What is fraud?

People often ask… “Is there fraud, corruption and waste in healthcare?”

Fraud, corruption and other forms of inefficiencies in healthcare are a serious problem and a serious financial risk to all sectors. Although there is no precise measure of fraud and corruption in the healthcare sector and although the majority of healthcare providers are honest and well-intentioned, a minority of providers and patients are intent on abusing the system. These can cost healthcare systems – and taxpayers!- billions of euros and put beneficiaries’ health and welfare at risk.

Fraud and corruption know no boundaries. Fraud and corruption occur whether healthcare systems are predominantly public or private, well funded or poorly funded, and technically simple or sophisticated; no country can claim they are free of fraud or corruption.

Fraud has been defined as

‘…the use or presentation of false, incorrect or incomplete statements and/or documents, or the non-disclosure of information in violation of a legally enforceable obligation to disclose, having as its effect the misappropriation or wrongful retention of funds or property of others, or their misuse for purposes other than those specified’.[1]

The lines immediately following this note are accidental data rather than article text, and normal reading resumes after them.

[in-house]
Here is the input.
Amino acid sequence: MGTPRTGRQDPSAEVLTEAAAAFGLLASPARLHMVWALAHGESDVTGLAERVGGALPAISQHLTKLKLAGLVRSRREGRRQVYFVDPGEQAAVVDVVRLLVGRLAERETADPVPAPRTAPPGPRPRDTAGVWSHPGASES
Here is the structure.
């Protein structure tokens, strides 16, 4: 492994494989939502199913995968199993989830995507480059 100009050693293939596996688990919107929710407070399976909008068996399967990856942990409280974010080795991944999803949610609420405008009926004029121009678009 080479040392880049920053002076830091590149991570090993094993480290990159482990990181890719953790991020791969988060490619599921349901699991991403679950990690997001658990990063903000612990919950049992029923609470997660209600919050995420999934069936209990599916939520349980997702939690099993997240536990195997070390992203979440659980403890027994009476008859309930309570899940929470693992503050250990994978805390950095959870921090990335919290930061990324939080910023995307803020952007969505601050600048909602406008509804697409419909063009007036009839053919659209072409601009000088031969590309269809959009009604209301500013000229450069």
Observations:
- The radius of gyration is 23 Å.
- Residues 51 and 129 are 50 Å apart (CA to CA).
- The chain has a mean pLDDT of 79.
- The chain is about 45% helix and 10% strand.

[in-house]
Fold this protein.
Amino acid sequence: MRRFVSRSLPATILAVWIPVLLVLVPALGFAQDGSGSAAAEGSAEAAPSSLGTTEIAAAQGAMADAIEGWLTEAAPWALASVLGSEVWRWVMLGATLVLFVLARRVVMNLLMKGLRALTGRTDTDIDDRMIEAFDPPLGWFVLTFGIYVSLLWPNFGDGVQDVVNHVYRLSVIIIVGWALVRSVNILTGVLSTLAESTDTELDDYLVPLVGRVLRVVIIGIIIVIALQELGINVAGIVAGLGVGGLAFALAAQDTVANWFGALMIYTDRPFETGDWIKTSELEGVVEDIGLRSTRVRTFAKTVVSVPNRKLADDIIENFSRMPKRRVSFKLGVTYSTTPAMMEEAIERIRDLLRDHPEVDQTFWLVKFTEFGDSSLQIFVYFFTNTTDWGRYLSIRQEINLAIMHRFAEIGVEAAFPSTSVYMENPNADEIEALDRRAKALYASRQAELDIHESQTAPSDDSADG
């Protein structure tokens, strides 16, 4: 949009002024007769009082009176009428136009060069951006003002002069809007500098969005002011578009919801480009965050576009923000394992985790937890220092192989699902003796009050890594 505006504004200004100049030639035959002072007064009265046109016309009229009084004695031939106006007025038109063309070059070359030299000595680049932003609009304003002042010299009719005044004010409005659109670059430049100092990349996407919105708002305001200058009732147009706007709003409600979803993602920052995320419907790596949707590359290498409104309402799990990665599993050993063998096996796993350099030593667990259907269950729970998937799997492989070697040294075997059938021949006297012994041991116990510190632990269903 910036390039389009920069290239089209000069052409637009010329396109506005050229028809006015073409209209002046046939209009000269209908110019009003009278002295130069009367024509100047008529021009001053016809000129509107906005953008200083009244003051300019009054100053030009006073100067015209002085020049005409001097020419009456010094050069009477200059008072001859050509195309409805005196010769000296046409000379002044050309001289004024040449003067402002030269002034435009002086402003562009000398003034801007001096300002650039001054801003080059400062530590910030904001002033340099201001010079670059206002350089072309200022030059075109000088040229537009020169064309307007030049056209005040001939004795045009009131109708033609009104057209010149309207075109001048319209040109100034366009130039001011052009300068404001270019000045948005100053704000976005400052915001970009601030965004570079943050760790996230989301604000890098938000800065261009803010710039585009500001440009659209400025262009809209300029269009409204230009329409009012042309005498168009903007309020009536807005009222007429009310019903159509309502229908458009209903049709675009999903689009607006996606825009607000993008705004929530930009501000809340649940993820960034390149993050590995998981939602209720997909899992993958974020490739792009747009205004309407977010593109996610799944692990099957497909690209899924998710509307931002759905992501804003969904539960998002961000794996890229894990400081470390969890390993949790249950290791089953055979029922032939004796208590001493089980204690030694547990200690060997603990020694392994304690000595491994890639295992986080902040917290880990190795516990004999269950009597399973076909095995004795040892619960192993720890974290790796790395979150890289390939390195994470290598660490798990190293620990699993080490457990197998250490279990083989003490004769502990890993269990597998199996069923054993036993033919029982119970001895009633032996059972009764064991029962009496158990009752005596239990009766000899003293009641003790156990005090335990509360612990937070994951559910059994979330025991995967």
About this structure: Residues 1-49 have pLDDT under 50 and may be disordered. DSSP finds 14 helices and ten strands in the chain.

This definition includes two important aspects, the intentional action and the resulting advantages.

Fraud in healthcare can take the form of

  • healthcare providers knowingly billing for services and/or supplies that were not provided,
  • healthcare providers knowingly billing for more expensive services than those provided,
  • patients claiming for exemption of healthcare costs when they are not entitled to,
  • someone using another patient’s health card to access medical care, supplies or equipment.

Fraud schemes range from an individual’s dishonest activity to broad-based operations by an institution or group.

Corruption has been defined according to whether it occurs in the public or in the private sector

Passive corruption in the public sector occurs whenever a public official, directly or indirectly, intentionally or in circumstances where it should have been known to him or her, requests or receives any undue advantage for himself or herself or for a third person, or accepts an offer or a promise of such advantage, in order to act or refrain from acting in the exercise of his or her official functions’.

‘Directly or through an intermediary, requesting or receiving an undue advantage of any kind, or accepting the promise of such an advantage, for oneself or a third party, while in any capacity directing or working for a private sector entity, in order to perform or refrain from performing any act, in breach of one’s duties‘.[1]

[1] Institute of Medicine of the National Academies, USA

Waste occurs for example:

  • When more exams or treatments are prescribed than necessary,
  • When medical errors occur, resulting in inefficiently delivered services,
  • When unnecessary documentation leads to excessive administration costs.

Click on the next subpage or here to learn more about the EHFCN Waste Typology Matrix©, a lexicon of infringements created by EHFCN.